The Best of Times, the Worst of Times…
As the music industry rumbles into 2018 with headline retail growth of almost 10%, we ponder the key issues and cut through the hyperbole to map out where we go from here.
All of the vital signs are positive – Spotify announced at the beginning of the year that, as it heads towards an IPO, it has added 10m subscribers in the past five months, bringing its total to over 70m paying customers worldwide. According to the Entertainment Retailers’ Association (ERA), the UK has announced recorded music revenue figures for 2017, with headline retail growth of almost 10%. ERA announced a 9.6% rise in UK retail spending on music last year – up to £1.2bn, driven unsurprisingly by a dramatic rise in subscription streaming of 42%. 9.6% is more double the rate of the 3.5% increase experienced in the previous year and the live industry continues to boom, generating £4bn in direct and indirect spending in 2016 according to UK Music’s ‘Wish you were here’ report.
Separate figures from the BPI demonstrate that streaming now accounts for more than half of UK music consumption, fuelling the fastest growth in consumption this millennium. Bring on the hyperbole – The BPI bangs its drum and proclaims a “Tipping Point” with Chief Executive Geoff Taylor saying: “Demand for music in the UK is growing fast, driven by brilliant British artists such as Ed Sheeran, Sam Smith, Rag‘n’Bone Man, Little Mix, Stormzy and Dua Lipa and the innovative music industry that supports them” and various publications scrambling around proclaiming a streaming revolution. You’re a little late to the party mate.
These developments are positive and working in the industry certainly feels much less like arranging the deckchairs on the titanic as it did in the early days of online piracy. There is at least now a chance to steer the ship and it was always clear that streaming was the long game that now hopefully looks like it is going to pay off on a global level – especially once it truly cracks emerging markets like China and Africa.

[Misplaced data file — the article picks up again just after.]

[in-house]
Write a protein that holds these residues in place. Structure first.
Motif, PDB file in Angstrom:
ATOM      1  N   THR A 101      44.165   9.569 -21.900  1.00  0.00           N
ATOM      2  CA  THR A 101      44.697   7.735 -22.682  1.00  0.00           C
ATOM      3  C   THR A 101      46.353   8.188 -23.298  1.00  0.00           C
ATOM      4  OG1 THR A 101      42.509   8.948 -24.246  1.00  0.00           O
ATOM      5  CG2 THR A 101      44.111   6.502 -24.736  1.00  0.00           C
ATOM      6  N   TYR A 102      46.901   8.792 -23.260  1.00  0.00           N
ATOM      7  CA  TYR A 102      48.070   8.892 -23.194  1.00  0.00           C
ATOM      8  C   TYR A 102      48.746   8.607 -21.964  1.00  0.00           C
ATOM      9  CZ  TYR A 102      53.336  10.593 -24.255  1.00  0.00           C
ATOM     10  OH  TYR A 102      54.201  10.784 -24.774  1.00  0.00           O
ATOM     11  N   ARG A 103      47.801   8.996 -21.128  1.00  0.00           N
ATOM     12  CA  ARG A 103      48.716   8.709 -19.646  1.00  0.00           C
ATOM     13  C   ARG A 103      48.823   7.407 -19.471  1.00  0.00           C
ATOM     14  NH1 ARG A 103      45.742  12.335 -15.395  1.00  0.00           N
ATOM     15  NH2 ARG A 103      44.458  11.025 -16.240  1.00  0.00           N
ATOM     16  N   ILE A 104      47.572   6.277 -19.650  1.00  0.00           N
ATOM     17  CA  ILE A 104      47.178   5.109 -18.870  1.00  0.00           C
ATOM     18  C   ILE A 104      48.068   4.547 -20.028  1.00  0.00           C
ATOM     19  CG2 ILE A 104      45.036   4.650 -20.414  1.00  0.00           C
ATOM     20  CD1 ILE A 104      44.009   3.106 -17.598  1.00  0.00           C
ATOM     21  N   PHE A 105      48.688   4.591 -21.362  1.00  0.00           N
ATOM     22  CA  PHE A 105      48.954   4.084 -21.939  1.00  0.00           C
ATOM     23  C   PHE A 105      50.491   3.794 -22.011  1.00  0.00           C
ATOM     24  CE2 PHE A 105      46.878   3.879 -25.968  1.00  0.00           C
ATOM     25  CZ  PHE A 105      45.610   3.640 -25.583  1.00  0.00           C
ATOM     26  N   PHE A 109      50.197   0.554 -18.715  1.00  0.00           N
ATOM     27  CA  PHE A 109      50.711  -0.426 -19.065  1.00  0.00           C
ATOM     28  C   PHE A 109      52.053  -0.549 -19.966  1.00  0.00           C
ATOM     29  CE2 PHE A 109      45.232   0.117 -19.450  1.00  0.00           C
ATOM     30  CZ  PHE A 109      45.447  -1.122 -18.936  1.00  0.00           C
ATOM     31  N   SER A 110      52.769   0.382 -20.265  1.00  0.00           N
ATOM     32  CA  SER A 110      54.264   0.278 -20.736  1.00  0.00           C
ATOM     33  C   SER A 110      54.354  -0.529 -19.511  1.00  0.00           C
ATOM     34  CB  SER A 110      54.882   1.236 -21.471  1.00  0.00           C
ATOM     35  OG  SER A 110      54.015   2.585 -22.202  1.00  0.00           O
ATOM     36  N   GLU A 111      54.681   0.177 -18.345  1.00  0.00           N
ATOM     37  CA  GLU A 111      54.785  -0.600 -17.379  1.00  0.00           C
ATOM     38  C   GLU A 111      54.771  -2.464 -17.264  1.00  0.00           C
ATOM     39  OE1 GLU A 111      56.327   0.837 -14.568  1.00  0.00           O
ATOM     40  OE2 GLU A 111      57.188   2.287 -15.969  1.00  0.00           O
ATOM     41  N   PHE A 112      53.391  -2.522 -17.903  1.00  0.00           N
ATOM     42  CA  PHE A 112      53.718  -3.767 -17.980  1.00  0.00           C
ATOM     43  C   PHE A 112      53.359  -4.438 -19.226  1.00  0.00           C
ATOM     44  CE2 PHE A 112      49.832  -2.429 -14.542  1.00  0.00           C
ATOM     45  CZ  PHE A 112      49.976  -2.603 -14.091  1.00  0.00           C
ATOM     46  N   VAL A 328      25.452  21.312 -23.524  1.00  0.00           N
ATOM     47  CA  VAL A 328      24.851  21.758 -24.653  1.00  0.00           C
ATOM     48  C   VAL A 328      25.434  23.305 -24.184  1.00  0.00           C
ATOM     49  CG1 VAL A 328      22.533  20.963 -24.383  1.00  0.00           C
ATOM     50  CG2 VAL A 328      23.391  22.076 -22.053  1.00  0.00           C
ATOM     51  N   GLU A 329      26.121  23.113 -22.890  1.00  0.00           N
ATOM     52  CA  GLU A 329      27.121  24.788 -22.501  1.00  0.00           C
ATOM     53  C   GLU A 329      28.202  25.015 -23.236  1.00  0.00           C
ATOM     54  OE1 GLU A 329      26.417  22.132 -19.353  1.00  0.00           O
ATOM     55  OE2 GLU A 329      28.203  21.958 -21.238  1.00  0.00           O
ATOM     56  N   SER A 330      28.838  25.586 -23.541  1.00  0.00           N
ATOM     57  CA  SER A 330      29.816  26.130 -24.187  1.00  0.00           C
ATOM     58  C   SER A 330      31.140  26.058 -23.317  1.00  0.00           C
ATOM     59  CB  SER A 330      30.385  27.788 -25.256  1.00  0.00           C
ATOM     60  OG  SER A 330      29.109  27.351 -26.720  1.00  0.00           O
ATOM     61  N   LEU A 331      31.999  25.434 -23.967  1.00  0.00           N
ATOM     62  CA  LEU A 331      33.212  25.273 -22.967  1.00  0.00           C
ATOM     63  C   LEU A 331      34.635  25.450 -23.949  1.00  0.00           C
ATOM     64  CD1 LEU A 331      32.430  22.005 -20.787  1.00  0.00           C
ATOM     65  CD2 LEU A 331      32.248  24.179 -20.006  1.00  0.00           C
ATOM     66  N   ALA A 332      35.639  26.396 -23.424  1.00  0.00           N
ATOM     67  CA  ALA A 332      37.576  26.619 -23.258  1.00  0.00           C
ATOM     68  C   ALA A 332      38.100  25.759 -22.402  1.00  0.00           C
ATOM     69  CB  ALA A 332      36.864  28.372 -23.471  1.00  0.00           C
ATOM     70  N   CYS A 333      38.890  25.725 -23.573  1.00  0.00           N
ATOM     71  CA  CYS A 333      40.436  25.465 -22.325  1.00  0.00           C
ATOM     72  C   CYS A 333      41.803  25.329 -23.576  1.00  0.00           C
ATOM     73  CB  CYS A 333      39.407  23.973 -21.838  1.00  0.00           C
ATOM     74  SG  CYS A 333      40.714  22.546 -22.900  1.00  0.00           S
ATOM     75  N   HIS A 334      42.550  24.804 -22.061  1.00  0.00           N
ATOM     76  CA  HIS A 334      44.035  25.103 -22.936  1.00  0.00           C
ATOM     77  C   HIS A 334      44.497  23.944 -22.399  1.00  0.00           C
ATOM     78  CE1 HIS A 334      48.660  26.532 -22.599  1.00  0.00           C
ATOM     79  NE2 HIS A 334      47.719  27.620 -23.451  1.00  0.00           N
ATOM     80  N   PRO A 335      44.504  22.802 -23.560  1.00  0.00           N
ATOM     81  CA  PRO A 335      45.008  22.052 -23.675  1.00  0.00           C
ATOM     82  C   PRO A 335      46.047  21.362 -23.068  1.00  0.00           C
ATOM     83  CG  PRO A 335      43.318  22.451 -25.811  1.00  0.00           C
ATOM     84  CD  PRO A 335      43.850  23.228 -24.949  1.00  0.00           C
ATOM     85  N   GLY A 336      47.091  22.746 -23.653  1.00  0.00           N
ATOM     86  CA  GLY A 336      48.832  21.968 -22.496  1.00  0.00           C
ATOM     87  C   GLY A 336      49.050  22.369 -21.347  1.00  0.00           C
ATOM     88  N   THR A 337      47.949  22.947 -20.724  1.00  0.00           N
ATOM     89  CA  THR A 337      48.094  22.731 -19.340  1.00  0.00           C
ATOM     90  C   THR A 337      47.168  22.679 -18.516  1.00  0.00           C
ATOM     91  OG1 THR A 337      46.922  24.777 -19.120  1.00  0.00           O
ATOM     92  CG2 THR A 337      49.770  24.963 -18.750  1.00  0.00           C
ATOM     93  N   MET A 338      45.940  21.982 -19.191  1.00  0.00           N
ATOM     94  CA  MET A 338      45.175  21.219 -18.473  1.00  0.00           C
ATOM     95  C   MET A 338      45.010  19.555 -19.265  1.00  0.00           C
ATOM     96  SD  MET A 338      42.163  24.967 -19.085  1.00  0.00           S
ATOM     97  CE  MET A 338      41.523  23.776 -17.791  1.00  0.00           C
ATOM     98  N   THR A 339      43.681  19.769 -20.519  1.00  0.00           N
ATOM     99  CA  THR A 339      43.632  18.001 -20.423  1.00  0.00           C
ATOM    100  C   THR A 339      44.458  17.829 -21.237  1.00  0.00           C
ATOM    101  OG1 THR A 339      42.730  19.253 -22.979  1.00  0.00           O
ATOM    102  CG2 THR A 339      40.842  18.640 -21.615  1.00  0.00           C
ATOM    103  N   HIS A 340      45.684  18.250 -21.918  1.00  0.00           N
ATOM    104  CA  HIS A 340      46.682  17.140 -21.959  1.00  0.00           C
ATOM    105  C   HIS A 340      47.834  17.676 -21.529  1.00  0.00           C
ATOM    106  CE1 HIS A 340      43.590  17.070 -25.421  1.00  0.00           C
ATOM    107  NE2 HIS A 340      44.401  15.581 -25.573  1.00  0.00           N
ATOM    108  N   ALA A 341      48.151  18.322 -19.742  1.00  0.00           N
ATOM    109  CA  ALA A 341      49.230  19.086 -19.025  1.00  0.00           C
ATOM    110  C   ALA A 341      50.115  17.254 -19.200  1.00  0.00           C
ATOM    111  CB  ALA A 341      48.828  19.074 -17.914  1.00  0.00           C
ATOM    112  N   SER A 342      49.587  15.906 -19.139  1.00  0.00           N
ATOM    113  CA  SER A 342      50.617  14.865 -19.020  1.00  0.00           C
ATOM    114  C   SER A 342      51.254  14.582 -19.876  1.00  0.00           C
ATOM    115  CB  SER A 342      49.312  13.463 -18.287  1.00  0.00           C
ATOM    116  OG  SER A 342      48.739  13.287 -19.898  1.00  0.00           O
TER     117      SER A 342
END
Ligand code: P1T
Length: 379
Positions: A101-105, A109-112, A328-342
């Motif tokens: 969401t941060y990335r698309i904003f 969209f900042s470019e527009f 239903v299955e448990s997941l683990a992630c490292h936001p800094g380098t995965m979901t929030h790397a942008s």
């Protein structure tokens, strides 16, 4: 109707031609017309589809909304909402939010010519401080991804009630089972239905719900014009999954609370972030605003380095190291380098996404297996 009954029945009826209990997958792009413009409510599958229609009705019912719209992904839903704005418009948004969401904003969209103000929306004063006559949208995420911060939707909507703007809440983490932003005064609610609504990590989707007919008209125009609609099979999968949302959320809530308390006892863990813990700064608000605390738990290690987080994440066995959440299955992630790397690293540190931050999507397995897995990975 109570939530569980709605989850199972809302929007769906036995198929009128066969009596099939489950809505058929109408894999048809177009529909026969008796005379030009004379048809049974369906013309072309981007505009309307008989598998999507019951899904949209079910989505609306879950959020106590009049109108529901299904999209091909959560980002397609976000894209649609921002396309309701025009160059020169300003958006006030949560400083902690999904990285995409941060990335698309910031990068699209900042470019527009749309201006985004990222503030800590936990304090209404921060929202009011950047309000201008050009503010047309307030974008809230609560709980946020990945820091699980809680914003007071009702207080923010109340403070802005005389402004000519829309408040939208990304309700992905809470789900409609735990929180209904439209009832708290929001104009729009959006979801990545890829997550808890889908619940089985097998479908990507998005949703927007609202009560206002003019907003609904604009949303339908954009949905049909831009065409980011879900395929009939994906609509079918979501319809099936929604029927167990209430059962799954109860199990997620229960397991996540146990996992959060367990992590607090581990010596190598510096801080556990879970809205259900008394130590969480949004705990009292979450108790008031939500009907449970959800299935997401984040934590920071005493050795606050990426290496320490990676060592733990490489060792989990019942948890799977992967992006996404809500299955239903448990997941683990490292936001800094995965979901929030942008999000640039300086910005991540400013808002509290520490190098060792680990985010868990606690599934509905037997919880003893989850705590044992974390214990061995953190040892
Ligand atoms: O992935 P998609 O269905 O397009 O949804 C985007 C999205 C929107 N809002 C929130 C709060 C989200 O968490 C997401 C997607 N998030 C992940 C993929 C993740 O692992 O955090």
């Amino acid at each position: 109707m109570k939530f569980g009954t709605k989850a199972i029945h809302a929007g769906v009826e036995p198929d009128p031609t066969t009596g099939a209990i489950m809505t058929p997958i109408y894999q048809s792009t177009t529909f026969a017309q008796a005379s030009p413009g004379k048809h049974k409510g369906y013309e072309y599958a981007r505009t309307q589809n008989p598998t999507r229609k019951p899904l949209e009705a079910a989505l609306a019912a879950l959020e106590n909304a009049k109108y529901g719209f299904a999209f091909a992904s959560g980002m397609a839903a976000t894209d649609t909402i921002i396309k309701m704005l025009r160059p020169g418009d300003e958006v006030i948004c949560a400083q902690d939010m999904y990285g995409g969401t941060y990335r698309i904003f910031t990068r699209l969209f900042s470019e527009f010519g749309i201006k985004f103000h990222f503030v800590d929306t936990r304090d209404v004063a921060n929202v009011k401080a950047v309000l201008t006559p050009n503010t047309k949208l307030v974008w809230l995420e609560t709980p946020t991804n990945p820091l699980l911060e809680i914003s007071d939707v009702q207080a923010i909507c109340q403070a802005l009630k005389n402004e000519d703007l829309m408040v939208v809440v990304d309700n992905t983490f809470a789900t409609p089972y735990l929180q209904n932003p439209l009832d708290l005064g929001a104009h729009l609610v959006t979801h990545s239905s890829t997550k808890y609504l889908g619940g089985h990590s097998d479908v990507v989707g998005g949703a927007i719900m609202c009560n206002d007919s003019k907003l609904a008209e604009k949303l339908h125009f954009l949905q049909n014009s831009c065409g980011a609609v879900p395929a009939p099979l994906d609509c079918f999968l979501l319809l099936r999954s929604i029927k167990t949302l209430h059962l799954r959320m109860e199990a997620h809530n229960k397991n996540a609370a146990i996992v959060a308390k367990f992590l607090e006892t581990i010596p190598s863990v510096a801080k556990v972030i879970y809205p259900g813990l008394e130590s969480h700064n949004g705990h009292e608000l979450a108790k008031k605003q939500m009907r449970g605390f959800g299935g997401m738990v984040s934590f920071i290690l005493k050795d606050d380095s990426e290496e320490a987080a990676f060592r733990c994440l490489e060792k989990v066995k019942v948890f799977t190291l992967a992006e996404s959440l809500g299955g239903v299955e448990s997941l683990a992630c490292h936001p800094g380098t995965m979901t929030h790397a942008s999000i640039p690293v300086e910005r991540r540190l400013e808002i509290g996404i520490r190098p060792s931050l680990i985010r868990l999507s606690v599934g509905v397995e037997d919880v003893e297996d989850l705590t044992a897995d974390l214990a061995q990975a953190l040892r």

Back in the UK, it would be foolhardy for the industry to start thinking it is returning to the heady heights of 2001, a mere 16 years ago in which the industry was worth £2.11bn. Of course, “We’re in a different kind of thing now” to quote one of my favourite tracks of last year, ‘The System Only Dreams in Total Darkness’ by The National, themselves a trend defying slow burning indie success. The musical landscape, indeed the world is immeasurably different, more connected, transformed by technology with consumer habits rapidly evolving.
2017 was also propped up by some huge selling UK pop releases, not least Ed Sheeran et al. referenced above and serious challenges lie ahead from solving the value gap created by YouTube to remaining nimble and maximising the potential of reaching new audiences through streaming, voice activation and smart devices in the home and AR and VR. It is an exciting time but having allowed itself a brief air punch, the music industry will need to work harder, better, faster and stronger to sustain and hopefully surpass these results in 2018.
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